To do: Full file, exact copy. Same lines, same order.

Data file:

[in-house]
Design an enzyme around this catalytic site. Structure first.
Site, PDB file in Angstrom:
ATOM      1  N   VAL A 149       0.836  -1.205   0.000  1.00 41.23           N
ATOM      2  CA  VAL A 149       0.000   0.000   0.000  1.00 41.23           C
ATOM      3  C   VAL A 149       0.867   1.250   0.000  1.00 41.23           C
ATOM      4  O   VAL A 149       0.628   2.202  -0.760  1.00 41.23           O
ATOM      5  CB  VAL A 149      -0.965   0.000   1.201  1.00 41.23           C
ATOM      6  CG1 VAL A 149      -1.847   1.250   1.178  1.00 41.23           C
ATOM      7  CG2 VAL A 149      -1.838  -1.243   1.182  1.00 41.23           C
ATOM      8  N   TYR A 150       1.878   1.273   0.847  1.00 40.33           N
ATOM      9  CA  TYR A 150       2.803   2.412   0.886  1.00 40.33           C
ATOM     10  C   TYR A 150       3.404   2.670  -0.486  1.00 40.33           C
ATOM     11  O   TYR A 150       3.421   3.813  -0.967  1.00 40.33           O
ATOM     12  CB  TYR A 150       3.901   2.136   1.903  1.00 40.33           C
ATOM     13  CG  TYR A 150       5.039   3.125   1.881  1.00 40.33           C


[in-house]
Design an enzyme around this catalytic site. Structure first.
Site, PDB file in Angstrom:
ATOM      1  N   VAL A 149       0.836  -1.205   0.000  1.00 41.23           N
ATOM      2  CA  VAL A 149       0.000   0.000   0.000  1.00 41.23           C
ATOM      3  C   VAL A 149       0.867   1.250   0.000  1.00 41.23           C
ATOM      4  O   VAL A 149       0.628   2.202  -0.760  1.00 41.23           O
ATOM      5  CB  VAL A 149      -0.965   0.000   1.201  1.00 41.23           C
ATOM      6  CG1 VAL A 149      -1.847   1.250   1.178  1.00 41.23           C
ATOM      7  CG2 VAL A 149      -1.838  -1.243   1.182  1.00 41.23           C
ATOM      8  N   TYR A 150       1.878   1.273   0.847  1.00 40.33           N
ATOM      9  CA  TYR A 150       2.803   2.412   0.886  1.00 40.33           C
ATOM     10  C   TYR A 150       3.404   2.670  -0.486  1.00 40.33           C
ATOM     11  O   TYR A 150       3.421   3.813  -0.967  1.00 40.33           O
ATOM     12  CB  TYR A 150       3.901   2.136   1.903  1.00 40.33           C
ATOM     13  CG  TYR A 150       5.039   3.125   1.881  1.00 40.33           C